This blog records my transition from the Churches of Christ to Eastern Orthodoxy.

Monday, February 23, 2009

The Translation Debates

i barely even take people's fuss about translations seriously anymore, but a thought did occur to me the other day. The New Testament writers largely used and quoted from the Septuagint. The Septuagint was a translation of the Hebrew scriptures into Greek. Wouldn't it be interesting to determine the kind of the translation it is? How accurate of a translation is the Septuagint? Does it use strict formal equivalence, or is there some dynamic equivalence used? If the Septuagint fudged in places and if any dynamic equivalence was used, wouldn't it then be interesting if Jesus and the apostles used that translation? How could strict KJV-only or strict formal equivalence advocates deal with that fact?

i imagine someone has already done the kind of work i'm proposing, but i haven't come across it myself.

1 comment:

Job said...

Here is a quote from N.T. Wright in his book "The Resurrection of the Son of God", in which he compares/contrasts the hebrew and greek translations of the Old Testament. Its kind of long but good. LXX means septuagint. Anyways here is the quote that is food for thought or greater confusion on bible translations:

(ii)Resurrection in the Bible: The More Greek the Better

It is might impossible, at this stage of our knoweldge of early text-forms, to be sure in any given case that when we compare even the best modern editions of the Hebrew and Greek Bibles we are in touch with either the Hebrew that the original LXX translators used or the Greek that they first wrote. In may cases it is quite possible that the LXX gives us access to an earlier Hebrew form, though in many others the LXX seems to represent a sharp move away from the original. However, with these notes of caution, certain things stand out.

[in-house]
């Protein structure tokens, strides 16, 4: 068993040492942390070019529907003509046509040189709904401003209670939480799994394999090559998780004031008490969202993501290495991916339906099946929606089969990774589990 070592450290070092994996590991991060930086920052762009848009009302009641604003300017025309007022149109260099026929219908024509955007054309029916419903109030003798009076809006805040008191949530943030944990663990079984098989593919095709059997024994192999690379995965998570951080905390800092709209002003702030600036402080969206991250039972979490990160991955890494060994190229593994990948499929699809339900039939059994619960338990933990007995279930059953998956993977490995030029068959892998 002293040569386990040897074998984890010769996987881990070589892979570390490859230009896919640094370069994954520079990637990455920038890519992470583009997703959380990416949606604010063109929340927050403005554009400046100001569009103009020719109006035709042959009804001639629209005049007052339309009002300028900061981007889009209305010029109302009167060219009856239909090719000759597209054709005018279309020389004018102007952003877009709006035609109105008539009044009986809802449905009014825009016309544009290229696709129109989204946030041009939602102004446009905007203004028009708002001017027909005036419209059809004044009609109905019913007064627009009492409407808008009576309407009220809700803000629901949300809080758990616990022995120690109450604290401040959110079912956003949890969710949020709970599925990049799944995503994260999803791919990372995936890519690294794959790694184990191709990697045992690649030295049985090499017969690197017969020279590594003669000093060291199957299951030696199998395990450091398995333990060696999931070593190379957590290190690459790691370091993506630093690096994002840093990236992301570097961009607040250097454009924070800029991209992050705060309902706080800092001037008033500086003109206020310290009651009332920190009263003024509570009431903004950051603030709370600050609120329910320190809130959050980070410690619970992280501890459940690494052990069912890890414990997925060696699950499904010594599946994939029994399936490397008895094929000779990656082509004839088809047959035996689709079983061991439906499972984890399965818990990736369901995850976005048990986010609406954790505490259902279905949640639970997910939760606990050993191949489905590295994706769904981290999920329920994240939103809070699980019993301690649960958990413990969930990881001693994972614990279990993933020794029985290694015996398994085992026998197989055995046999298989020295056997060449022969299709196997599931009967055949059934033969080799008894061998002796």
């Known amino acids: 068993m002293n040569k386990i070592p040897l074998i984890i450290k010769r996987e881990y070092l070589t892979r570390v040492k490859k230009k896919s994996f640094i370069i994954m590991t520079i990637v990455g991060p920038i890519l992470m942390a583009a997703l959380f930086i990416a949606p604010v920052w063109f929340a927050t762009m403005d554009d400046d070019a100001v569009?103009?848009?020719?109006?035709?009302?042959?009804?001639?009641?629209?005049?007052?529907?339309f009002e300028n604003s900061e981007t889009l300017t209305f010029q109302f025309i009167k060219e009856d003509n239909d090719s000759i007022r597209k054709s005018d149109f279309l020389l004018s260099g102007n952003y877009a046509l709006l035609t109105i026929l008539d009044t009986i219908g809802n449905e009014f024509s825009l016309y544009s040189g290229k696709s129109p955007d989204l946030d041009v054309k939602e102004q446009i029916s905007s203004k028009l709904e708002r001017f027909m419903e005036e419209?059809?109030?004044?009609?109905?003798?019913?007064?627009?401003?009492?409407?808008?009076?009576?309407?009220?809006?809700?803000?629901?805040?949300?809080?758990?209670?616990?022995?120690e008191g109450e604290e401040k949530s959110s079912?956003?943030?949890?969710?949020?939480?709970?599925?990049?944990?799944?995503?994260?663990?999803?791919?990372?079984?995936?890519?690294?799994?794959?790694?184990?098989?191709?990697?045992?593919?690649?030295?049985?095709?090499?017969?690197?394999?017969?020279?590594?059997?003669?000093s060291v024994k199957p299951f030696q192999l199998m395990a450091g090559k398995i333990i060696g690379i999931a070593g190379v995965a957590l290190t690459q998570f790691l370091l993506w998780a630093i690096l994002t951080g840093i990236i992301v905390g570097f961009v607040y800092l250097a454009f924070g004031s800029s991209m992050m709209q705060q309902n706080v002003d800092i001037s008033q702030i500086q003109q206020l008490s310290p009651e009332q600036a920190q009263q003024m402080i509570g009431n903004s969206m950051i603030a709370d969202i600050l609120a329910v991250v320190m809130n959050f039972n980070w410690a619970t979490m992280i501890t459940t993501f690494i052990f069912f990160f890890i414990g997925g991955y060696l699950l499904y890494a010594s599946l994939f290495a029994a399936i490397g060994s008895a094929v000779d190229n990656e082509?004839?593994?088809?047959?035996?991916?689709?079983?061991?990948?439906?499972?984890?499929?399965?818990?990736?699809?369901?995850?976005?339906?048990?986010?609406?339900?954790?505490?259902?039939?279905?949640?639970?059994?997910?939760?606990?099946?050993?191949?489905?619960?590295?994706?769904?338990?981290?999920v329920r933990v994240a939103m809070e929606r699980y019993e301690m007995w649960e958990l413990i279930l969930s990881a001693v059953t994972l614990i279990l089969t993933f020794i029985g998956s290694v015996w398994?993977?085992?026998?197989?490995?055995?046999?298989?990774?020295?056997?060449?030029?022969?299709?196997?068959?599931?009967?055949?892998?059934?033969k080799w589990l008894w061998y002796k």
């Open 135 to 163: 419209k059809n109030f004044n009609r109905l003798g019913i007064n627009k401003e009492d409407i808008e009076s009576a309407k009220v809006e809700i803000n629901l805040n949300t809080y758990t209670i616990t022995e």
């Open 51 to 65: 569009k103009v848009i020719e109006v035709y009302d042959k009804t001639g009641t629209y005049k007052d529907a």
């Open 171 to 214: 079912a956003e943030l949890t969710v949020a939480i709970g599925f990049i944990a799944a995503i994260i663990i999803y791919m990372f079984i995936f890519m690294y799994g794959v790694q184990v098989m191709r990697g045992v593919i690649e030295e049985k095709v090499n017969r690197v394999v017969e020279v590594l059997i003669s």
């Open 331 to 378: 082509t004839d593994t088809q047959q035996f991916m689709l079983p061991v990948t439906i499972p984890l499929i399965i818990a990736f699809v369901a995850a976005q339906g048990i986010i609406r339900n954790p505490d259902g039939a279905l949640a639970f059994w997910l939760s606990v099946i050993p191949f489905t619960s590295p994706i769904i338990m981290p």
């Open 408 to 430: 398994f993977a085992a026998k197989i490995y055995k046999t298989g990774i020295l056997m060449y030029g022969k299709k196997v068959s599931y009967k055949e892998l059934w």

First, the passages which already speak unambiguously of bodily resurrection come through loud and clear, there is no attempt to soften them. Daniel 12:2-3, 13, and the relevant passages in 2 Maccabees all use what became the standard 'resurrection' language, namely the Greek verbs anistemi and egeiro and their cognates. We find the same with Isaiah 26, both in the verse that denies resurrection (14) and the verse that affirms it (19). They both emerge clearly in the Greek: 26.14 declares that the dead will not see life (hoi nekroi zoen ou me idosin), and that 'the doctor' will not rise (oude iatroi ou me anastesosin),. In its turn, 26.19 insists that the dead will be raised (anastesontai hoi nekroi), and that those in the tombs will be aroused (egerthesontai hoi en tois mnemeiois). Similary, the passage in Hosea (6.2) that some think (whatever its original meaning) is also explicit in the Greek: on the third day we shall be raised and live in his presence (anastesometha kai zesometha enopion autou).
Cavallin lists other passages where, despite the lack of actual refrence in the original, the translators may have intended to refer to resurrection. These include Deuteronomy 32.39, Psalms 1.5 and 21.30(22.29). In addition, he notes the striking way in which the LXX has reversed the sense of Job 14.14; instead of a blank denial of a future life ('if a man die, shall he live again?'), the LXX declares boldly, 'If a man dies, he shall live' (ean apothane anthropos zesetai). In the same way, the deeply obscure passage Job 19.26a ('after my skin has been thus destroyed') has been turned around: God 'will resurrect my skin' (anastesai to derma mou). Finally, the LXX adds a post-script to the book. After 42.17, where Job dies, an old man and full of days, it adds (42.17a LXX): 'It is written of him that he will rise again with those whom the Lord will raise' (gegraptai de auton palin anastesesthai methhon ho kyrios anistesin). Clearly, whoever drafted the translation of LXX Job had no doubt both of the bodily resurrection and of the propriety of making sure the biblical text affirmed it.
A similar point emerges from the LXX of Hosea 13.14. The Hebrew asks, 'Shall I ransom them from the power of Sheol? Shall I redeem them from Death?' and expects the answer 'No'. The LXX, however, has turned this into a positive statement: I shall rescue them from the hand of Hades, and I shall redeem them from death. (ek cheiros Hadoi rhusomai autous kai ek thanatou lutrosomai autous).
All the indications are that those who translated the Septuagint, and those who read it thereafter, would have understood the key Old Testament passages in terms of a more definite 'resurrection' sense than the Hebrew would necessarily warrant, and might very likely have heard overtones of 'resurrection' in many places where the Hebrew would not have suggested it.

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